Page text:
Vultures Knob in Wooster Ohio. 11 years ago when I rode there for the first time, I ended up with a few stitches to show for it. Back in the day it was about 50% rideable for the most of us. Since then it has gone through many changes but it is the best trail around. I feel at home every time my tires touch that awfully sticky mud.

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brianW | November 15th, 2013

My go to trail is Bartram Trail along the shores of Lake Thurman on the GA/SC border just north of Augusta.  It is an 18 mile trail one way.  Nothing technical, just a place I can cruise, push it hard, relax, or best of all ride it with my wife and 4 daughter.  My 11 year old did her first night ride last week there and loved it.  For added challenge I can connect it with keg Creek and Mistletoe trails for 65ish mile ride with only 5 miles not singletrack.

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Stephen Boyd | November 16th, 2013

I just rediscovered the River Bottoms trail after a long absence. Bought a Mukluk2 this fall and started doing the Fat Bottoms group rides on Saturday mornings. Beautiful place to explore with a fat bike.

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Jack Mitchell | November 25th, 2013

I recently bought the carbon XX1 and have not stopped grinning every time I get on it.  I am spending all my time in the mountains around Ojai Ca and in the river bottom.  Am waiting for a chance to get up to Mammoth Mountain and try it in the snow.  What a great bike

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John Mullens | December 8th, 2013

The Olde Muskingum Trail, in Stark County. By way of the Ohio-Erie Towpath Trail. I discovered this one in 2012 and finished building a Fargo 3 in late summer of that year. The Fargo has become a frequent flier on the trail. We’ll pick the Ohio-Erie up near our house, ride about 12mi into Canal Fulton then pick up the Olde Muskingum til it ends about 6mi south of town. Then, we pick the towpath trail back up and ride south until reaching a popular LBS/trailhead/deli for lunch and shopping. It’s a nice 41mi round trip.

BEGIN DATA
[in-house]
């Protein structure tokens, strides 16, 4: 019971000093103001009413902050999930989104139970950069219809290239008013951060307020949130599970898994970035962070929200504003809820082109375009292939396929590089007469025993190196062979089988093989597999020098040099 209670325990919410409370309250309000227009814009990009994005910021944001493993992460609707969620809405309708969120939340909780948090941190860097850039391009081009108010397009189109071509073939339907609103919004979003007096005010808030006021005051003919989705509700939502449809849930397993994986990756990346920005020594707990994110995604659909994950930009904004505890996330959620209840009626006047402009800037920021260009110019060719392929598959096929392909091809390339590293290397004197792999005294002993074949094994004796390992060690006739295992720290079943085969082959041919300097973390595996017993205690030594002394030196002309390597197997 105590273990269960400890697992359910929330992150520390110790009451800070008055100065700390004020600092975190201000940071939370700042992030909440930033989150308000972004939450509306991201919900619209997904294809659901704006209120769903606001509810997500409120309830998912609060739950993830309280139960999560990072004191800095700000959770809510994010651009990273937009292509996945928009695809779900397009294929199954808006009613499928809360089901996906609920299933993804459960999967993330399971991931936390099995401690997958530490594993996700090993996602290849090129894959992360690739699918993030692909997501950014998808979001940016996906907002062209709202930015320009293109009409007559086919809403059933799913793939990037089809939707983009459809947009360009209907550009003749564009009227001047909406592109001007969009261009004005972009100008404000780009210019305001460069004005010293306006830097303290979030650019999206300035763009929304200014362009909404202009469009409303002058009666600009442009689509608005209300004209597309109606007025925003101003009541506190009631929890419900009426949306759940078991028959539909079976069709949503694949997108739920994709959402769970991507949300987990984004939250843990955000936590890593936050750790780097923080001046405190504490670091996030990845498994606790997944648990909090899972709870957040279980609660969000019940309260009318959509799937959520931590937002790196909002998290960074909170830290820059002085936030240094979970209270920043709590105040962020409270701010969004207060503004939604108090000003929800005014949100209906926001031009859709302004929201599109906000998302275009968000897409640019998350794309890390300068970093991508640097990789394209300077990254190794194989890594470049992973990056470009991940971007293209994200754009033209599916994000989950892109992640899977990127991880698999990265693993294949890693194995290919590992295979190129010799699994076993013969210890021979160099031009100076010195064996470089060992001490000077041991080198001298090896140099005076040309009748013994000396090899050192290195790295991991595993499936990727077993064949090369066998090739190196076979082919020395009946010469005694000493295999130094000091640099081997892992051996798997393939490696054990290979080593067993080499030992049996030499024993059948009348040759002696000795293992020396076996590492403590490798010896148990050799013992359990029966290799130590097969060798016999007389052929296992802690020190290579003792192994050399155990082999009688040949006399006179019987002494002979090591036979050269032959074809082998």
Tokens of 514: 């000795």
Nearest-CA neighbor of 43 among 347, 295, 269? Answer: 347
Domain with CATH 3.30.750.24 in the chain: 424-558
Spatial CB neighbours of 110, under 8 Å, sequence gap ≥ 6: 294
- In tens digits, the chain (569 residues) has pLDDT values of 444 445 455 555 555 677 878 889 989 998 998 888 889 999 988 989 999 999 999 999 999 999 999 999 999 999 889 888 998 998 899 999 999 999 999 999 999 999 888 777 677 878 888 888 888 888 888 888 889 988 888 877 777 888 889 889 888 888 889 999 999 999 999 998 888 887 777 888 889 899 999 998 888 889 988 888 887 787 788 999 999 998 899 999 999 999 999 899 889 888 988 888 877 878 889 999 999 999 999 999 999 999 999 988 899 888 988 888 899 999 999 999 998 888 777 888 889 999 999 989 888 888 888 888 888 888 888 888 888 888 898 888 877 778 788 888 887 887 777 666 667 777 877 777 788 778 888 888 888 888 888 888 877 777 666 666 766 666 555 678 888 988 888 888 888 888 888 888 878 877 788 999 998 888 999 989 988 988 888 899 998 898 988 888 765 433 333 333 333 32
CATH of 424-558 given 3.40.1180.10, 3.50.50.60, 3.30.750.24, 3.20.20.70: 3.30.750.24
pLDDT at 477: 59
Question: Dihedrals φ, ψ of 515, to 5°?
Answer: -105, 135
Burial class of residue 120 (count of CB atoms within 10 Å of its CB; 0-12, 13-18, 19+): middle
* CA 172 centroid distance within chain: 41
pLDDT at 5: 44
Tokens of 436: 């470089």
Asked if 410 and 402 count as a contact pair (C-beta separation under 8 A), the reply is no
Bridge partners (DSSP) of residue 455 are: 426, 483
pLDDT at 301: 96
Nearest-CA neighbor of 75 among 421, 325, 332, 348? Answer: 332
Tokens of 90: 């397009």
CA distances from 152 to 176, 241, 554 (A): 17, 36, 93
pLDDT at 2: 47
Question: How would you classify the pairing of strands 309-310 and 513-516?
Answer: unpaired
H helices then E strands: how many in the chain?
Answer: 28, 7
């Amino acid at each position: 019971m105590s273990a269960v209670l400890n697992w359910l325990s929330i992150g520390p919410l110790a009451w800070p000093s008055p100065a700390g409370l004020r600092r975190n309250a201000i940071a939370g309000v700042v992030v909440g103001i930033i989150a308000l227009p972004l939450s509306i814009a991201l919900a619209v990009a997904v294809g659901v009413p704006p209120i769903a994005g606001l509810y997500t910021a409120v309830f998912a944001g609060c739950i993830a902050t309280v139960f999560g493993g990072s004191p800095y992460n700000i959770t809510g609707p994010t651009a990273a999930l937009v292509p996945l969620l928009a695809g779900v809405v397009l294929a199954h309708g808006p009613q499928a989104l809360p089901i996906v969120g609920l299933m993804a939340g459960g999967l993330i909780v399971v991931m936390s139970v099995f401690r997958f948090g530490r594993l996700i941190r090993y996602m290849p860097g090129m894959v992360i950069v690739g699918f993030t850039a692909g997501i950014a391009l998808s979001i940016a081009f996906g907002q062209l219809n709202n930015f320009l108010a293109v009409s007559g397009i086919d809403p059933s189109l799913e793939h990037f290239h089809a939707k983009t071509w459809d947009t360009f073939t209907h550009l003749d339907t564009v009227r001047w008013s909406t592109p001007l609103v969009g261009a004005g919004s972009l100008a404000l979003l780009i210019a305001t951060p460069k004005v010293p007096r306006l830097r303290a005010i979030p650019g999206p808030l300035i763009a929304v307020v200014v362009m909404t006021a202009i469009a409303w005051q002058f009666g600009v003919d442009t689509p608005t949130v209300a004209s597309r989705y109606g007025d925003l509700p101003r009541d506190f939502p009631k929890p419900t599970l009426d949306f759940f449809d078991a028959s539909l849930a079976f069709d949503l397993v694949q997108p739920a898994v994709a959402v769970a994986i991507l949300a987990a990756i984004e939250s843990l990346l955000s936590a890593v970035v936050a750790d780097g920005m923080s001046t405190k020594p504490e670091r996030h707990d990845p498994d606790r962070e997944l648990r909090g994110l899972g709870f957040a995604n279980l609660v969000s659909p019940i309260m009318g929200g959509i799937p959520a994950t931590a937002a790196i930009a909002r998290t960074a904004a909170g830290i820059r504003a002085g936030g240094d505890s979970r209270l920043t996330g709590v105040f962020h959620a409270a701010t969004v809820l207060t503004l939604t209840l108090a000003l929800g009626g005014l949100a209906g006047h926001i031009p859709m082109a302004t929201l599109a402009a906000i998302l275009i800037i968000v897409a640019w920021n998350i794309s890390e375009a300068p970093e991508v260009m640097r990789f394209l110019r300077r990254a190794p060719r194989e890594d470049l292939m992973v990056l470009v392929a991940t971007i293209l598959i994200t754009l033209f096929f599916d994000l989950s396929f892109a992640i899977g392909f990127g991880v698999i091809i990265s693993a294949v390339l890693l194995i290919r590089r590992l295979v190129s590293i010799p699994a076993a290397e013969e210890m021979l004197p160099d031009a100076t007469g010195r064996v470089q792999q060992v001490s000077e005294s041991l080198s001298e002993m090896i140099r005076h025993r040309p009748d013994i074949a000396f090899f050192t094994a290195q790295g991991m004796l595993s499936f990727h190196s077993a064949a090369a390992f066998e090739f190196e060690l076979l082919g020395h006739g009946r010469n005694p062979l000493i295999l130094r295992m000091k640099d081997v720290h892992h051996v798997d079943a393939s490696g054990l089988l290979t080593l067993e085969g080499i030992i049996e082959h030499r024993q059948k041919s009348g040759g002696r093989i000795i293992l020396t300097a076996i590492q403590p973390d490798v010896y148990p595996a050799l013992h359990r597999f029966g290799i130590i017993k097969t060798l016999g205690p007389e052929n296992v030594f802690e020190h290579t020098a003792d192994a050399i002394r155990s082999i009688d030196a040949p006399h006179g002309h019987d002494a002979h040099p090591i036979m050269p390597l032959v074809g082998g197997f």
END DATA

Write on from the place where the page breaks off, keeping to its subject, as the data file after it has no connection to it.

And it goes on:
Those of you who believe in ghosts might want to ride that route early in the morning or late in the evening, watching for the occasional whistlepost, mile marker, abandoned section of rail or long-discarded air brake cylinder. The route was a PRR/Penn Central/Conrail main line back in the day. Better pedal a little faster…a J-class or E8 might be gaining on you. In the quiet, you can almost hear them.

It would be nice if Stark Parks some day converts the abandoned right-of-way north of Canal Fulton and ties it into the Ohio-Erie Towpath Trail at Clinton, then extends it from its current southern terminus into Massillon and ties it into the Sippo Valley system.

One can dream. I’ll take what we have for now - it’s a lot of fun.

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Joe | December 9th, 2013

I know the Olde Muskingum quite well. And that local bike shop you are talking about is mine!